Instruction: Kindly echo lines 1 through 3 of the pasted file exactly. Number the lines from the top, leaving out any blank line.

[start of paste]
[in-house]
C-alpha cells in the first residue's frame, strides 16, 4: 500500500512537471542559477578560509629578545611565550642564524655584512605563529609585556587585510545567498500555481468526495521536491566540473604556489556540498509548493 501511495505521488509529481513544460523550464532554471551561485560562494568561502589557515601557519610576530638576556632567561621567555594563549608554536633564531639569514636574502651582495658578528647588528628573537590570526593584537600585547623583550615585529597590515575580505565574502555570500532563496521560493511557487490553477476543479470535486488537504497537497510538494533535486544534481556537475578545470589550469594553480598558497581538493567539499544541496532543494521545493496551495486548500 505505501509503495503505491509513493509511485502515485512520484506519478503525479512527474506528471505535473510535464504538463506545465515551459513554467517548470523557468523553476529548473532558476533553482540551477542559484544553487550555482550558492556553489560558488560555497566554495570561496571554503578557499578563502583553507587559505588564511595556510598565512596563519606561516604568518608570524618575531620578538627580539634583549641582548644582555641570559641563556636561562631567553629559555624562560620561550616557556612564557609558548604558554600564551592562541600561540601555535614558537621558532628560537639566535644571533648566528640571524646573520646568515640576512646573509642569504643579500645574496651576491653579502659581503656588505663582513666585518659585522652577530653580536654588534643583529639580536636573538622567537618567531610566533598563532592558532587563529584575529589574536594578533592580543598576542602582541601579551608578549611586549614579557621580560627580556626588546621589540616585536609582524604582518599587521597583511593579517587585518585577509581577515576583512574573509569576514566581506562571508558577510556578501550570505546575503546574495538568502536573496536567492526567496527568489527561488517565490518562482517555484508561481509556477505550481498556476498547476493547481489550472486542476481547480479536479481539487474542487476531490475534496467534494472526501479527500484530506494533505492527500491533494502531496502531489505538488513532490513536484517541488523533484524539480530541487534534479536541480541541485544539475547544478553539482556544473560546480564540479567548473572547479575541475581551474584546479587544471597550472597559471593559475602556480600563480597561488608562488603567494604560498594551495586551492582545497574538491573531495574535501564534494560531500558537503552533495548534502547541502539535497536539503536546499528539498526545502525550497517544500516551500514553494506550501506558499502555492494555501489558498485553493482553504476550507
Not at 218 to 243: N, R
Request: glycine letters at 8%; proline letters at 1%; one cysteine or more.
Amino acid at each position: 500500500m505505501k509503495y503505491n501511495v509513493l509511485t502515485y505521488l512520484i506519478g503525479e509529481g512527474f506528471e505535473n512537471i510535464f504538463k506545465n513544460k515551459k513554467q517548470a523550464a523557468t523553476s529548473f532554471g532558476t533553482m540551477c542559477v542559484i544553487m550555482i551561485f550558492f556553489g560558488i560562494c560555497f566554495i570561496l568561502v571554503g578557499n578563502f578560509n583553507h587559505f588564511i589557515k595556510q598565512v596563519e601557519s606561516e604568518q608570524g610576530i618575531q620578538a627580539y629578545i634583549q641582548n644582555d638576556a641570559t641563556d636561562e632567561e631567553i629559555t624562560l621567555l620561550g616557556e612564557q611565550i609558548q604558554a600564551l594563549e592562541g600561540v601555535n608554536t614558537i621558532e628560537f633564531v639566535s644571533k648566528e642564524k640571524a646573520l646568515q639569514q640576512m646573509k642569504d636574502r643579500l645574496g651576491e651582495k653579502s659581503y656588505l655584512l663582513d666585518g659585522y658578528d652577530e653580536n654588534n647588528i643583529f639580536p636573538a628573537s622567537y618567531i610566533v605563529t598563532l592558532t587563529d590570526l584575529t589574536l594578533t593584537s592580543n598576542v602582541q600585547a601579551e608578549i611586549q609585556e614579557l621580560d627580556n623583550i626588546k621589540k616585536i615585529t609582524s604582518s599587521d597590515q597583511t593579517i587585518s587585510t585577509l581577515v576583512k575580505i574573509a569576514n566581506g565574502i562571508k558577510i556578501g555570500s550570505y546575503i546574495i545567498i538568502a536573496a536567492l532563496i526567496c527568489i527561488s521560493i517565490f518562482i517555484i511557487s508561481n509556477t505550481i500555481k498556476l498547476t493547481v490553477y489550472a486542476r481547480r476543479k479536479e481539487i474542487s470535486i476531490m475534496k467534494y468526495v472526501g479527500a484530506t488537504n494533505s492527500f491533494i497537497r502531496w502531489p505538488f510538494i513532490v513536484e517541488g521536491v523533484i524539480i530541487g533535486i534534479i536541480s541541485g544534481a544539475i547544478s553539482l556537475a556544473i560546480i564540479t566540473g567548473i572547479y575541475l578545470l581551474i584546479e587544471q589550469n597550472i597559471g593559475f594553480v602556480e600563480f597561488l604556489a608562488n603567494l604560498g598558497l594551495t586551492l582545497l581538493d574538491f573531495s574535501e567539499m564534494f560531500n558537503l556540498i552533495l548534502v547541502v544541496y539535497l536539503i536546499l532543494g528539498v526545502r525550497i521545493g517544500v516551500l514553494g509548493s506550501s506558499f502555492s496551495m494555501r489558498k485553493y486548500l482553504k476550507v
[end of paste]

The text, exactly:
[in-house]
C-alpha cells in the first residue's frame, strides 16, 4: 500500500512537471542559477578560509629578545611565550642564524655584512605563529609585556587585510545567498500555481468526495521536491566540473604556489556540498509548493 501511495505521488509529481513544460523550464532554471551561485560562494568561502589557515601557519610576530638576556632567561621567555594563549608554536633564531639569514636574502651582495658578528647588528628573537590570526593584537600585547623583550615585529597590515575580505565574502555570500532563496521560493511557487490553477476543479470535486488537504497537497510538494533535486544534481556537475578545470589550469594553480598558497581538493567539499544541496532543494521545493496551495486548500 505505501509503495503505491509513493509511485502515485512520484506519478503525479512527474506528471505535473510535464504538463506545465515551459513554467517548470523557468523553476529548473532558476533553482540551477542559484544553487550555482550558492556553489560558488560555497566554495570561496571554503578557499578563502583553507587559505588564511595556510598565512596563519606561516604568518608570524618575531620578538627580539634583549641582548644582555641570559641563556636561562631567553629559555624562560620561550616557556612564557609558548604558554600564551592562541600561540601555535614558537621558532628560537639566535644571533648566528640571524646573520646568515640576512646573509642569504643579500645574496651576491653579502659581503656588505663582513666585518659585522652577530653580536654588534643583529639580536636573538622567537618567531610566533598563532592558532587563529584575529589574536594578533592580543598576542602582541601579551608578549611586549614579557621580560627580556626588546621589540616585536609582524604582518599587521597583511593579517587585518585577509581577515576583512574573509569576514566581506562571508558577510556578501550570505546575503546574495538568502536573496536567492526567496527568489527561488517565490518562482517555484508561481509556477505550481498556476498547476493547481489550472486542476481547480479536479481539487474542487476531490475534496467534494472526501479527500484530506494533505492527500491533494502531496502531489505538488513532490513536484517541488523533484524539480530541487534534479536541480541541485544539475547544478553539482556544473560546480564540479567548473572547479575541475581551474584546479587544471597550472597559471593559475602556480600563480597561488608562488603567494604560498594551495586551492582545497574538491573531495574535501564534494560531500558537503552533495548534502547541502539535497536539503536546499528539498526545502525550497517544500516551500514553494506550501506558499502555492494555501489558498485553493482553504476550507
Not at 218 to 243: N, R